We have long believed that limiting the size of new and renovated houses was a must if the South Fork’s beloved sense of place was to be protected. In this, we are, we think, joined by many of our friends and neighbors for whom what might be called Hamptonization is an affront. In traditional opposition to limits, of course, are many in the real estate and building professions, who welcome the dollars that maximizing square footage may represent.
The East Hampton Town Board is to hear views, pro and con, on revisions to the law that determines just how much house is allowed on a given parcel. The proposed changes would cut house sizes by 2 percent, hardly enough to have a discernable effect.
The problem with the current law is evident in several places. New, bloated-looking houses out of scale with those nearby have appeared in Beach Hampton and Ditch Plain, for example. The Amagansett lanes, which run toward the beach from Main Street, are a distorted caricature of their modest former selves. The town’s 2-percent takeaway is not likely to amount to the loss of even a mudroom on one of them.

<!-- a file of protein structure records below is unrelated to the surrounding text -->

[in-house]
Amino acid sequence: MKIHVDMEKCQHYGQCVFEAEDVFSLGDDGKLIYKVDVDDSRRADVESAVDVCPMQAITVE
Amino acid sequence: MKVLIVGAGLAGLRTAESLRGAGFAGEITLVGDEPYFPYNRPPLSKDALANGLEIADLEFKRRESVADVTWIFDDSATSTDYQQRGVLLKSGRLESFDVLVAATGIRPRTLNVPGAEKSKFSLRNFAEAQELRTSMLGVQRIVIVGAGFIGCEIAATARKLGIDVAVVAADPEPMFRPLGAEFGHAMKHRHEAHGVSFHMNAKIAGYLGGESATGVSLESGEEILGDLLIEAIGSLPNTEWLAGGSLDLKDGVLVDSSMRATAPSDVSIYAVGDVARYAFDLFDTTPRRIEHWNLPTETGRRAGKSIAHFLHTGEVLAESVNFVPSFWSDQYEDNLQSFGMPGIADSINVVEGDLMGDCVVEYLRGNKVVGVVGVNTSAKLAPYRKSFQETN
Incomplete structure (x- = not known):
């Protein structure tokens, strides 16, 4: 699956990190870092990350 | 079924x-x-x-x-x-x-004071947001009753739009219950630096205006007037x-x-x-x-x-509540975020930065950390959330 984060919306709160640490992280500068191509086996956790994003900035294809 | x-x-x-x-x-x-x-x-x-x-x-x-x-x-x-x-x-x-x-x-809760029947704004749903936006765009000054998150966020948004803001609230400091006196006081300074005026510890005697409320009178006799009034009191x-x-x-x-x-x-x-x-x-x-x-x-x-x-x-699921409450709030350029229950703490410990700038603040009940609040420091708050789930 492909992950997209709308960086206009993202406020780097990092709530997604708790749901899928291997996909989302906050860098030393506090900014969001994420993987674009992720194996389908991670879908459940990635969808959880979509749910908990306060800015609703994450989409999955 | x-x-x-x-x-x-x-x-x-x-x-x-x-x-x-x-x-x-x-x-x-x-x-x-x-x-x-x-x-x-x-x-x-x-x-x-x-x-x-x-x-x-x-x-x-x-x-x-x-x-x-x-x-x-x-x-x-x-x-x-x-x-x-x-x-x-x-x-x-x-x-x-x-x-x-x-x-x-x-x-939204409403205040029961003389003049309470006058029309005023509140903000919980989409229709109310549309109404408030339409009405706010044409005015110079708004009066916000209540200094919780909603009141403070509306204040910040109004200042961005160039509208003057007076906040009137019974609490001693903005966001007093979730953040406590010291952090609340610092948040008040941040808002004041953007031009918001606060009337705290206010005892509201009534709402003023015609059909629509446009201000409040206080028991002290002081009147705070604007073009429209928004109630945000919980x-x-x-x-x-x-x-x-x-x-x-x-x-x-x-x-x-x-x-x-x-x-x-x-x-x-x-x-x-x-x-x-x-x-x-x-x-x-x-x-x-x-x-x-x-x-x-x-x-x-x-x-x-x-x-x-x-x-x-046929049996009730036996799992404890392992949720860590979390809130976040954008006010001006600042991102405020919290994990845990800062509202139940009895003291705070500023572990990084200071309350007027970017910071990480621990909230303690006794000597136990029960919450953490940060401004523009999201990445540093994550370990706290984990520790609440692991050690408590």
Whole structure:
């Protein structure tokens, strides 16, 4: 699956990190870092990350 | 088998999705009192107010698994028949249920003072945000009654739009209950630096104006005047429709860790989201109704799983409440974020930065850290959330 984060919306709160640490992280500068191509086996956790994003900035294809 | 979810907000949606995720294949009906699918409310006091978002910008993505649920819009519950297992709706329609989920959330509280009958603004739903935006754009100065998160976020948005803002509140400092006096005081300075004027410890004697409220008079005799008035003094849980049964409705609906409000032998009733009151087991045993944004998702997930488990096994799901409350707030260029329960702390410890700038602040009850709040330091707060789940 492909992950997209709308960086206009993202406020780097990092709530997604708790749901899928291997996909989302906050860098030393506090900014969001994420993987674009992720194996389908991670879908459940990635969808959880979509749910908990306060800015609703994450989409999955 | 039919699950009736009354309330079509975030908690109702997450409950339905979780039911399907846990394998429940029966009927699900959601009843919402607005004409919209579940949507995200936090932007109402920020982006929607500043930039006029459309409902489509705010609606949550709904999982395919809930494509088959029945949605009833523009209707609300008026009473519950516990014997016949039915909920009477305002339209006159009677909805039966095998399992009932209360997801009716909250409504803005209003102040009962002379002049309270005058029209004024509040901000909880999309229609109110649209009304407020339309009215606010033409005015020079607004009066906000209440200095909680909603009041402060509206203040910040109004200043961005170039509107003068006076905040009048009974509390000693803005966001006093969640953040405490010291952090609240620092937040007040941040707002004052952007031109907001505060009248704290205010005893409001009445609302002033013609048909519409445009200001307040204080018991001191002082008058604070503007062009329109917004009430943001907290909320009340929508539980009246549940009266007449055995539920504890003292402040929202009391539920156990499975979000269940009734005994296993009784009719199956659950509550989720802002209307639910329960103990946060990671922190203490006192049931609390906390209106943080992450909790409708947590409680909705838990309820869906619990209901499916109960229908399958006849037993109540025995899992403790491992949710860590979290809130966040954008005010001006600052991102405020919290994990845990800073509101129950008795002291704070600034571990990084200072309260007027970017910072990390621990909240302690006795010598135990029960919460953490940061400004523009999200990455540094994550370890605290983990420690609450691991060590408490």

More creative ways must be found to regulate the mass impact of residential construction in many neighborhoods despite what promises to be strong opposition in some quarters. This is especially true in erosion-prone areas, where federal rules require houses to be elevated by as much as 14 feet. Coupled with existing allowances for the number of stories, these houses mar views and the landscape itself.
East Hampton Town officials are on the right track in seeking additional limits. Unfortunately, the 2-percent option to be considered this evening in Town Hall will not, in and of itself, be sufficient.